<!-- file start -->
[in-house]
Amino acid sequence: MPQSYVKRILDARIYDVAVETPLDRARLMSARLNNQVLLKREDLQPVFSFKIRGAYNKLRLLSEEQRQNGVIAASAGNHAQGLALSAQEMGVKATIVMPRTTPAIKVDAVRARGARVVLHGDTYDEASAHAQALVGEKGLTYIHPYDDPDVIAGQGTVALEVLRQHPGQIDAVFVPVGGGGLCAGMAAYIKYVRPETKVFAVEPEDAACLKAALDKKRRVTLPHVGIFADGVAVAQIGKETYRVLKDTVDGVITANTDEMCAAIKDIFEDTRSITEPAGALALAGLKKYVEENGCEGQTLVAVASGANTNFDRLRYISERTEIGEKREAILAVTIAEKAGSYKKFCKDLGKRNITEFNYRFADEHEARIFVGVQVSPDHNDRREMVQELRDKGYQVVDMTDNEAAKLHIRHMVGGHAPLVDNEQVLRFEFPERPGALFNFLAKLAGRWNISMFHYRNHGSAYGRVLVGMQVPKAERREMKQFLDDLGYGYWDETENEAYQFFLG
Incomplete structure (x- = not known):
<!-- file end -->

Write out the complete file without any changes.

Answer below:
[in-house]
Amino acid sequence: MPQSYVKRILDARIYDVAVETPLDRARLMSARLNNQVLLKREDLQPVFSFKIRGAYNKLRLLSEEQRQNGVIAASAGNHAQGLALSAQEMGVKATIVMPRTTPAIKVDAVRARGARVVLHGDTYDEASAHAQALVGEKGLTYIHPYDDPDVIAGQGTVALEVLRQHPGQIDAVFVPVGGGGLCAGMAAYIKYVRPETKVFAVEPEDAACLKAALDKKRRVTLPHVGIFADGVAVAQIGKETYRVLKDTVDGVITANTDEMCAAIKDIFEDTRSITEPAGALALAGLKKYVEENGCEGQTLVAVASGANTNFDRLRYISERTEIGEKREAILAVTIAEKAGSYKKFCKDLGKRNITEFNYRFADEHEARIFVGVQVSPDHNDRREMVQELRDKGYQVVDMTDNEAAKLHIRHMVGGHAPLVDNEQVLRFEFPERPGALFNFLAKLAGRWNISMFHYRNHGSAYGRVLVGMQVPKAERREMKQFLDDLGYGYWDETENEAYQFFLG
Incomplete structure (x- = not known):